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Posted by Michelle Rigg on 10/25/2021

Finding A Therapist Or Other Provider For Your Child Or Teen

Finding A Therapist Or Other Provider For Your Child Or Teen

As a parent, you want the very best for your child or teen. By now, you’ve probably researched the best schools, the best pediatricians, the best dentists, and more.  It’s no different when your child is needing emotional support-you want to find the best counselor, psychologist or other provider for them.  But you may be unsure of how to get started.  We’ve put together our top tips to helping you find the support you need and the care your child deserves.

Tips To Choosing Quality Providers 

1. Identify your child’s needs and the types of providers appropriate for your child’s team. 

Your “team” of providers usually includes your child’s pediatrician, but if your child has mental health issues or special needs, it may also include, mental health professionals, occupational, speech, or physical therapy, or other therapeutic providers. Start by making a list of the types of services and providers you are looking for. If you’re not sure, use our glossary to search types of providers or watch some of the videos about different types of therapists and what they do.

2. Understand your healthcare coverage.

Take the time to become knowledgeable about your healthcare coverage. You’ll need to figure out what services are covered and become familiar with the costs (premiums, copayments, deductibles, co-insurance, etc.). Make sure you understand the difference between in-network and out-of-network providers and whether or not your plan has out-of-network benefits.

3. Gather referrals and start researching.

By using a trusted directory site such as www.kidstherapyfinder.com you can read provider reviews and endorsements shared by others and even contact providers directly. Other ways to get recommendations for therapists, include:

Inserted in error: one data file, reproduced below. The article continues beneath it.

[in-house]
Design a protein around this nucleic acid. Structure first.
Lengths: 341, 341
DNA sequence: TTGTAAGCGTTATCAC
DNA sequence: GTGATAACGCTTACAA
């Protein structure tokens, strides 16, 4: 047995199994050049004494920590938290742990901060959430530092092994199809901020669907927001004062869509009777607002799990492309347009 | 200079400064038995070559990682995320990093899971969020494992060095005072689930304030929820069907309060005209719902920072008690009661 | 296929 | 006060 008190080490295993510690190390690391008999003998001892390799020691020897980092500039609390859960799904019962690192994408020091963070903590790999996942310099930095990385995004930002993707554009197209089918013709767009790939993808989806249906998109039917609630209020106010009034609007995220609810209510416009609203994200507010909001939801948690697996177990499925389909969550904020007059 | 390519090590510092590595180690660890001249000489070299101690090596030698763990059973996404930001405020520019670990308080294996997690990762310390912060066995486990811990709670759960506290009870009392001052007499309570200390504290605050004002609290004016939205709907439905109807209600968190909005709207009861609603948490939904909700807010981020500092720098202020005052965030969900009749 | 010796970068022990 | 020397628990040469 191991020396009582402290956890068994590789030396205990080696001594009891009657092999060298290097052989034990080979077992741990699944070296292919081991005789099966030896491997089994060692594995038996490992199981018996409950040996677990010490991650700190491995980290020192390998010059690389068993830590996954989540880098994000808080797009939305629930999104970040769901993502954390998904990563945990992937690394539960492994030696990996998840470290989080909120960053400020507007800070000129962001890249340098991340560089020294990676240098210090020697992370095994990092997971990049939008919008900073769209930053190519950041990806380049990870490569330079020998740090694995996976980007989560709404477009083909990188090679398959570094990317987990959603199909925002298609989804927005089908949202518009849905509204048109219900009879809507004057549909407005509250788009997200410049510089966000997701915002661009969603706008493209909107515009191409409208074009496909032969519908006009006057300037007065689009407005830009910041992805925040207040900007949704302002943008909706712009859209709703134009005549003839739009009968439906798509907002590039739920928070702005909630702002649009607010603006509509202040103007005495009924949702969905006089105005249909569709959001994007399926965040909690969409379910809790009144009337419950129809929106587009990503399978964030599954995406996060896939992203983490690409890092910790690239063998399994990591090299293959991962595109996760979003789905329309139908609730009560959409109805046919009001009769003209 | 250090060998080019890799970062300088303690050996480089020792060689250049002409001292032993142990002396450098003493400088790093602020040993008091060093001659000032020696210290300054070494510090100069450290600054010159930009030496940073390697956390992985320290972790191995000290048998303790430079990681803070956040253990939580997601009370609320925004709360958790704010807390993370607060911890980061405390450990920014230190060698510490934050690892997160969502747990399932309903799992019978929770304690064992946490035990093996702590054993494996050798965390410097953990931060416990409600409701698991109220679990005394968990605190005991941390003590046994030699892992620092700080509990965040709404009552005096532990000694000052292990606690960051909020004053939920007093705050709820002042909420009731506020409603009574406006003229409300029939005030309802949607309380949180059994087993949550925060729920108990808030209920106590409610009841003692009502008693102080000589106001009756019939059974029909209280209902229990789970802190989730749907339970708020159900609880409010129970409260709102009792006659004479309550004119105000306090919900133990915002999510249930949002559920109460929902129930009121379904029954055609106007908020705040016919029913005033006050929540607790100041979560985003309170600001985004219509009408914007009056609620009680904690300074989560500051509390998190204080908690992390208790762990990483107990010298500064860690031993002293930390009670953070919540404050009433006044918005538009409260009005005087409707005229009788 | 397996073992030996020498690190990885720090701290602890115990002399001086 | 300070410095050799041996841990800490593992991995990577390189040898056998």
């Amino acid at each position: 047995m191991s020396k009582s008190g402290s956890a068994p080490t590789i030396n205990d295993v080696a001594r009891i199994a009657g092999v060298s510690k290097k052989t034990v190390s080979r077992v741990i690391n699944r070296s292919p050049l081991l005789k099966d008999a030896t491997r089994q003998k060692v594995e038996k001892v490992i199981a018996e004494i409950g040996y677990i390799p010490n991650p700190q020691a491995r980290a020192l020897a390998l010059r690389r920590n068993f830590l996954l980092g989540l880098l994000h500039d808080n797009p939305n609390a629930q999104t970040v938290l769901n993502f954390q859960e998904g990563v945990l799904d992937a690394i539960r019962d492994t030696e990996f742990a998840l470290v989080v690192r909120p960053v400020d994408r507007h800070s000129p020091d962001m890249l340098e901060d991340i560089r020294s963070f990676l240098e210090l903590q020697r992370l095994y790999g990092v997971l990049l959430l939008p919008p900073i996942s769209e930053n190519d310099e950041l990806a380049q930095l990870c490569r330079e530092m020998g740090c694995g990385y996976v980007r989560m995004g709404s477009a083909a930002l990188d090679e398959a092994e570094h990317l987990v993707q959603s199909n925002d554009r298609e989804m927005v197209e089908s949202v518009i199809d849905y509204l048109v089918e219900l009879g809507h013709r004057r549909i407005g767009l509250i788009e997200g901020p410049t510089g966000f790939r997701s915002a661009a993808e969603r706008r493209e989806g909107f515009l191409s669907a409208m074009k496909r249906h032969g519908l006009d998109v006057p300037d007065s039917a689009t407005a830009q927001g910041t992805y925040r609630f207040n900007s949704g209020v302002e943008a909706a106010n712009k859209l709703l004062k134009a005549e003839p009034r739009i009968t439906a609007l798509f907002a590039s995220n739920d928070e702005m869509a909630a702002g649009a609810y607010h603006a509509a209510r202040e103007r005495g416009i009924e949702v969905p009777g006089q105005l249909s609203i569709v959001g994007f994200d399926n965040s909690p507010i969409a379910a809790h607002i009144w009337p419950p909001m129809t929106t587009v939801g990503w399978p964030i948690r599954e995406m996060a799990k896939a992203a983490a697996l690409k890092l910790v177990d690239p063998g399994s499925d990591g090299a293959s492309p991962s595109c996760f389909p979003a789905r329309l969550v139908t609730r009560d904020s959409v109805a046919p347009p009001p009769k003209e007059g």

• Asking your child’s pediatrician
  • Speaking to your child or teen’s school counselor
  • Searching through your health insurance company’s directory
  • Inquiring with friends and family, particularly parents you know who have children with similar needs
  • Reaching out to parent Facebook groups you trust in your area 

4. Make a list.

Now that you have some referrals it is time to make a list of all the providers you accumulated in your preliminary research. This list will be the provider list that you will begin to vet in the next step.

5. Research providers and programs.

Once your list is made, gather more research about each provider on the list to determine if they might be a good match for you and your child. Visit the provider’s personal website and take note of the hours of operation, insurance information, staff bios, expertise, about page, and training and certifications.

6. Contact the provider.

Once you have developed several vetted provider options, reach out to the strongest options for further exploration. It’s helpful to be prepared before you contact them with questions.  Also try to be upfront about your needs and expectations. This will help to insure you are getting the best services possible for your child. 

Pro Parent Tip: Through www.KidsTherapyFinder.com you have the option to chat with providers on our site through direct messaging, or you can use our click-to-call button on your mobile devices. Whether you choose to call directly,  e-mail or message the provider, it is important to keep in mind that any identifying information by your child may be compromised when sending an email through a non-secured method that is not HIPAA compliant.